Like many charter schools, Pacific Collegiate has been accused of inadequately representing the diversity of the community.[10] As its charter with the Santa Cruz County Office of Education requires its student body to represent city demographics, Pacific Collegiate's Board has been making active efforts to increase minority enrollment, though some proposals are still challenged.[11] In the February 2007 lottery for admission, minority enrollment was up significantly, though is still well below city and county levels.[12] As of 2006, 50% of students in the County of Santa Cruz were Latino, 30% of students in the City of Santa Cruz were Latino, and 5% of the Pacific Collegiate student body were Latino. However, 15% of the 2007-08 7th grade were Latino, indicating significant change.[12]

In response to complaints to lack of diversity, some have pointed out the impossibility of consciously diversifying the school with the current random lottery entry system. As it is completely random, there is no way to choose who gets into the school or even who enters the lottery. In addition, the outreach efforts by the school are limited. As a college preparatory track, some compare the student body of PCS to the "college track" programs at Santa Cruz and Harbor High.


The curriculum at PCS aims to prepare students for Advanced Placement classes, classes that are considered equivalent in difficulty to college level classes. All students are required to take several AP classes, which are shown in the table below. Classes marked with an asterisk are not required in order to graduate. In years with multiple classes listed, the student can choose between them.

Year 1 Year 2 Year 3 Year 4 Year 5 Year 6
Mathematics Pre-Algebra* Algebra 1 Algebra 2 Geometry Pre-Calculus*/AP Computer Science* AP Calculus BC*/AP Statistics*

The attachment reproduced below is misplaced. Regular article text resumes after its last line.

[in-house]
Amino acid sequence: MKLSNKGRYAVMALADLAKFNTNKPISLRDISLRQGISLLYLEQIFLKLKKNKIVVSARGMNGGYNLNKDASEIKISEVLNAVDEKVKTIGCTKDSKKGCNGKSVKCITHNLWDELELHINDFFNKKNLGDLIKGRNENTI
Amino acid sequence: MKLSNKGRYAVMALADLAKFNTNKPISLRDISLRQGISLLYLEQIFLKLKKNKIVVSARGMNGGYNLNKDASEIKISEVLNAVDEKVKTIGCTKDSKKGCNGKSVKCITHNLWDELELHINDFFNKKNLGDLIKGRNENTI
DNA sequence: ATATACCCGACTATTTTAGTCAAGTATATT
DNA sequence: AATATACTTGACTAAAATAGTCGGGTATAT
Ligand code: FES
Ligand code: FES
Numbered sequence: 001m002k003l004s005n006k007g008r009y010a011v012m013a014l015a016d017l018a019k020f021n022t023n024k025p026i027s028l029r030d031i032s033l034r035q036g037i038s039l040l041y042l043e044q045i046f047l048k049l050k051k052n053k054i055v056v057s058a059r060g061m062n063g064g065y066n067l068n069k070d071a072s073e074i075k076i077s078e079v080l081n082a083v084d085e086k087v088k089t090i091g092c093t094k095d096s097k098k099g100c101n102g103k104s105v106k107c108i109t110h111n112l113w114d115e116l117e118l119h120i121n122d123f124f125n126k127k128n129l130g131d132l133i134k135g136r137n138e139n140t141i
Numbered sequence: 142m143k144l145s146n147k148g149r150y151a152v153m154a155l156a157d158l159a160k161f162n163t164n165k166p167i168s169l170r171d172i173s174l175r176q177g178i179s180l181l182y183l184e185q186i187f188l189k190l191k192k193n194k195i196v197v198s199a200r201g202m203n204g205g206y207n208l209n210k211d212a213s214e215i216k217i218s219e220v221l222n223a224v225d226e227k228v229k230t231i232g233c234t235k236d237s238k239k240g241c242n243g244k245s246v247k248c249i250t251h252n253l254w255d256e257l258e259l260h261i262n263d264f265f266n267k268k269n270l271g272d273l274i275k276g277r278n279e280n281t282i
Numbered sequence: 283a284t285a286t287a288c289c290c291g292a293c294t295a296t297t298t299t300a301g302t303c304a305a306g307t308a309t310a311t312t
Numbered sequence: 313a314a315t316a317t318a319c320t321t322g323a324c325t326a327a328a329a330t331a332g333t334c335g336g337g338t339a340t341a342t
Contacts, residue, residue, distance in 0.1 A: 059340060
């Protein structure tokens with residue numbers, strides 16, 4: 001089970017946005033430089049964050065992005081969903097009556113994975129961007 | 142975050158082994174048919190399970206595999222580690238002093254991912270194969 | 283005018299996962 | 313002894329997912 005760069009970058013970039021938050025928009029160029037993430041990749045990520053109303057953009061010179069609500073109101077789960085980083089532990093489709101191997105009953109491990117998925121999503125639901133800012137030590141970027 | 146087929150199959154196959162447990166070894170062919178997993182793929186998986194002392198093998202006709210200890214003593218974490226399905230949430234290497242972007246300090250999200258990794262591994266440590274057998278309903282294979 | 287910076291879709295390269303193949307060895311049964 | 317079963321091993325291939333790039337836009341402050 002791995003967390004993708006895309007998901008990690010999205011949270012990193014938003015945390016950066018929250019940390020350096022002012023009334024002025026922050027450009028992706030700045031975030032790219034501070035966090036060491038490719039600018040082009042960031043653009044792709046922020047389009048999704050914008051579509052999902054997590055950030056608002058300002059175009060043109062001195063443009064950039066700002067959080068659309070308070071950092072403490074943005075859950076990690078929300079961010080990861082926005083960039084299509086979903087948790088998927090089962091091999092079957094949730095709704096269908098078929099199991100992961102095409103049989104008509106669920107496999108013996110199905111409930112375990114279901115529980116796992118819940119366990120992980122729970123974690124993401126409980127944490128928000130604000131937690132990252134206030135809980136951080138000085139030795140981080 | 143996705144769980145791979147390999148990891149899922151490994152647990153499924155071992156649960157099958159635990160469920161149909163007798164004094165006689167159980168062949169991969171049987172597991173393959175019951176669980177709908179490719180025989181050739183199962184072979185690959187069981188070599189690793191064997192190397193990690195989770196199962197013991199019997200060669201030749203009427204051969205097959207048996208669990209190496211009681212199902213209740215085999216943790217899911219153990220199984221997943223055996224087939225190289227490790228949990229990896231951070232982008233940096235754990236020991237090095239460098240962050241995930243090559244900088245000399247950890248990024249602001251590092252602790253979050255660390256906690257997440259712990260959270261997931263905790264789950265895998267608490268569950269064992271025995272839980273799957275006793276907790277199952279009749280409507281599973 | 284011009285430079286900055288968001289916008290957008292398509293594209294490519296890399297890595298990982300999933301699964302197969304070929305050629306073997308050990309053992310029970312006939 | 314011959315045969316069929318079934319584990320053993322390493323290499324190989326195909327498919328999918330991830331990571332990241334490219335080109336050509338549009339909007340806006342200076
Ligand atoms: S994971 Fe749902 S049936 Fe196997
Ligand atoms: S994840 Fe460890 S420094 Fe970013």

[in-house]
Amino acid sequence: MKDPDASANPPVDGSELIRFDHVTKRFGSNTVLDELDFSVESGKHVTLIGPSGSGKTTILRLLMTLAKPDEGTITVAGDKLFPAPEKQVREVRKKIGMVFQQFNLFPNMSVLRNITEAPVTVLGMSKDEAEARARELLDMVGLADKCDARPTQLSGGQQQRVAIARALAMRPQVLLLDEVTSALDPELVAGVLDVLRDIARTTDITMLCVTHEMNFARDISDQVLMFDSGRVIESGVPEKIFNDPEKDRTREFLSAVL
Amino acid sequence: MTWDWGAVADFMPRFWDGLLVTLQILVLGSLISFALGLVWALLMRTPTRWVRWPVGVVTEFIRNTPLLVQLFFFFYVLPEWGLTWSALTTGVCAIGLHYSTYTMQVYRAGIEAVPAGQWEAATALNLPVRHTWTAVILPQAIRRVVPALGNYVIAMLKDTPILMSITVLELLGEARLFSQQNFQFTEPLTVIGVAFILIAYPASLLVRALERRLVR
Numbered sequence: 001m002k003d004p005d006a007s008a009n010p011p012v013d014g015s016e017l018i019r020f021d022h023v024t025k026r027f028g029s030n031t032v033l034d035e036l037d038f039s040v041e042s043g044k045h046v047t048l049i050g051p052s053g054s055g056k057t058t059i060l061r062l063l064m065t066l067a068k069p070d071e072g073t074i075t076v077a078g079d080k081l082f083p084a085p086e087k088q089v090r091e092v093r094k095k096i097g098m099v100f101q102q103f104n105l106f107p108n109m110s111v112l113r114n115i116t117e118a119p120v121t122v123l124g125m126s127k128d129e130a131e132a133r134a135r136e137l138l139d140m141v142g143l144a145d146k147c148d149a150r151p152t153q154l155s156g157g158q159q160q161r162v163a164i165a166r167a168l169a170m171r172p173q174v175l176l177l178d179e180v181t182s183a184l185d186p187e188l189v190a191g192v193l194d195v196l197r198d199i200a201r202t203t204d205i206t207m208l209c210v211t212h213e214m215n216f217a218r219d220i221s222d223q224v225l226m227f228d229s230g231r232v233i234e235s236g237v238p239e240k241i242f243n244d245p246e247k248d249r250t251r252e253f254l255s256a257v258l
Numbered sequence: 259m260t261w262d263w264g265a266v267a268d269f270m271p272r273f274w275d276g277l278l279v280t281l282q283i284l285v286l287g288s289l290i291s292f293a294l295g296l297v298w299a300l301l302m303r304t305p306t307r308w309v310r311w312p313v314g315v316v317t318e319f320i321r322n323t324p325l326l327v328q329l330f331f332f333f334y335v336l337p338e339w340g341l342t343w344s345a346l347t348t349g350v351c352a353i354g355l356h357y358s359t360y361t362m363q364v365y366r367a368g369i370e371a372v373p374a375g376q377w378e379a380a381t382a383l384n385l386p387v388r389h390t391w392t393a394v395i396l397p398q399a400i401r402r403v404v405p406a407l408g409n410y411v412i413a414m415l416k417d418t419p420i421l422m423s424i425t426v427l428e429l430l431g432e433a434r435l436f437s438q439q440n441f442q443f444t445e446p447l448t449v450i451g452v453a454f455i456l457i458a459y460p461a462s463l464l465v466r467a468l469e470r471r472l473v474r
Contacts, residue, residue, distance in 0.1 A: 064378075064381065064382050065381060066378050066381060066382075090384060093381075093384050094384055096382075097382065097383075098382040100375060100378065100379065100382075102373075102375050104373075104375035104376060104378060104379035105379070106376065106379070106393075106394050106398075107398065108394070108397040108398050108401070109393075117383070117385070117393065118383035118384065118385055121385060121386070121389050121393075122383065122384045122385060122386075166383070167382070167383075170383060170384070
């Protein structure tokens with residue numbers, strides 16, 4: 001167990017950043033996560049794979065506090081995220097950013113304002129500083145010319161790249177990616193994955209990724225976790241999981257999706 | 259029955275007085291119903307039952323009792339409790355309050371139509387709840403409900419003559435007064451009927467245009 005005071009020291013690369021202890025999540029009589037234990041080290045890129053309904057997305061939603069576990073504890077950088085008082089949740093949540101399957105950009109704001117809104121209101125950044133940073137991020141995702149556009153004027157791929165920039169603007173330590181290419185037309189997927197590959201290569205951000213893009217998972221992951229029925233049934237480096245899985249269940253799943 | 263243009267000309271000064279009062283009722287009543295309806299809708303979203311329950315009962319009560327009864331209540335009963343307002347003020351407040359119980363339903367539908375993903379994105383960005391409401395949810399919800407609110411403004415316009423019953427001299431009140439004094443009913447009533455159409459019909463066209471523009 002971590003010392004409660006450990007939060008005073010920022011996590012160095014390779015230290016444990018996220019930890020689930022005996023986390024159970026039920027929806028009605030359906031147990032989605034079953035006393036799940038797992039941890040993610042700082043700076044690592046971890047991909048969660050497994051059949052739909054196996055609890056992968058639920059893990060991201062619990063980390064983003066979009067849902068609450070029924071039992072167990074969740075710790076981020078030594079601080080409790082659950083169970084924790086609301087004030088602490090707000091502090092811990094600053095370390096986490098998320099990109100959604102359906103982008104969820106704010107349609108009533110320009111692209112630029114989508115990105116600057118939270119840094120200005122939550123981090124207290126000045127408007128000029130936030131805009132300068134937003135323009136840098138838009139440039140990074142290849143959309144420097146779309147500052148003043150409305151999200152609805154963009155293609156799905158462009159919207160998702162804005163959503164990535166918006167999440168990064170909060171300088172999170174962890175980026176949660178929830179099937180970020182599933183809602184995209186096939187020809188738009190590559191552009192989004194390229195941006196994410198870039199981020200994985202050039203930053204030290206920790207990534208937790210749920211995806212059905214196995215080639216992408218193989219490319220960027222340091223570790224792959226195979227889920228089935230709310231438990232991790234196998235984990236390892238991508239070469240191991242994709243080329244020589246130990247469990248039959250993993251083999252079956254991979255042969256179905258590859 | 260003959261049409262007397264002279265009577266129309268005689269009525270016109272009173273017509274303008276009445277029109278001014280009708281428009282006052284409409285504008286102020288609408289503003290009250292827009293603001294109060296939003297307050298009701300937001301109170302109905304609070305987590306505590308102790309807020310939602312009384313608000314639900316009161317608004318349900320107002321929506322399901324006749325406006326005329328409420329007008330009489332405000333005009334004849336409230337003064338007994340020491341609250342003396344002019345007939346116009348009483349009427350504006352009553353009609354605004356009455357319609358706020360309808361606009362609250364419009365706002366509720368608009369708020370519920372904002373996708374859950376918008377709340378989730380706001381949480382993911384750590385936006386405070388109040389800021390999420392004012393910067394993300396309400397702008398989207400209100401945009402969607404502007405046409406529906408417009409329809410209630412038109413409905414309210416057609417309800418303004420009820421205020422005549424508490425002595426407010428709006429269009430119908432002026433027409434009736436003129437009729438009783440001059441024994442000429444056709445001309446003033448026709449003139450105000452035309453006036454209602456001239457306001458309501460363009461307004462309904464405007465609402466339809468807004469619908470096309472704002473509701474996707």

English American Literature Ancient World Literature Medieval World Literature Modern World Literature AP English Language AP English Literature
Science Life Science Physical Science Conceptual Physics Chemistry AP Biology AP Physics B*/AP Chemistry*/AP Environmental Science*
History American History Ancient World History Medieval World History AP World History AP United States History Local Government & Politics
Arts Arts Arts Level 1 Arts Level 2 Arts Level 3 Arts Level AP* Elective*
Foreign Language Language 1 Language 2 Language 3 Language AP* Elective Elective

The Arts department at Pacific Collegiate offers Instrumental Music, Choir, Visual Art, Dance, Drama (Performing Arts), Video Production, and Arts Rotation. All students take 3 years of any arts at the high school level to fulfill graduation requirements. Dance is only a one-year class, as is Video Production.

The foreign languages offered are Spanish, Latin, French, and Mandarin. All students are required to take levels one, two, and three of at least one language. The Advanced Placement level is optional.

  • The student may take a test before the start of their seventh grade year to determine if they will get into Pre-Algebra or Algebra 1

See also[edit]


  1. ^ Simon Fletcher (principal} (June 1, 2017). "The Thursday Letter". Pacific Collegiate School. Retrieved June 2, 2017. 
  2. ^ Newsweek Article on Elite Public Schools Archived May 19, 2007, at the Wayback Machine.
  3. ^ U.S. News and World Report - Best High Schools: Gold Medal List Archived 2008-12-10 at WebCite
  4. ^ Santa Cruz Sentinel - Latest PCS honor: Best world history program in the nation
  5. ^
  6. ^
  7. ^ U.S.News & World Report, America's Best High Schools: Gold Medal LIst
  8. ^ a b Geiser S. & Santelices V. (2004). The role of advanced placement and honors courses in college admissions,UC Berkeley: Center for Studies in Higher Education
  9. ^ College Board press release 2/21/2006: Does success on advanced placement program exams predict college success: A summary of AP research
  10. ^ King, Matt (2006-08-09). "Charter school makes efforts to ward off charges of elistism". Santa Cruz Sentinel. Archived from the original on September 28, 2006. Retrieved 2007-10-30. 
  11. ^ King, Matt (2006-11-07). "Charter school's plan to boost diversity draws criticism". Santa Cruz Sentinel. Retrieved 2007-10-30. [dead link]
  12. ^ a b King, Matt (2007-02-24). "Pacific Collegiate School touts minority gains". Santa Cruz Sentinel. Archived from the original on 2007-08-28. Retrieved 2007-10-30.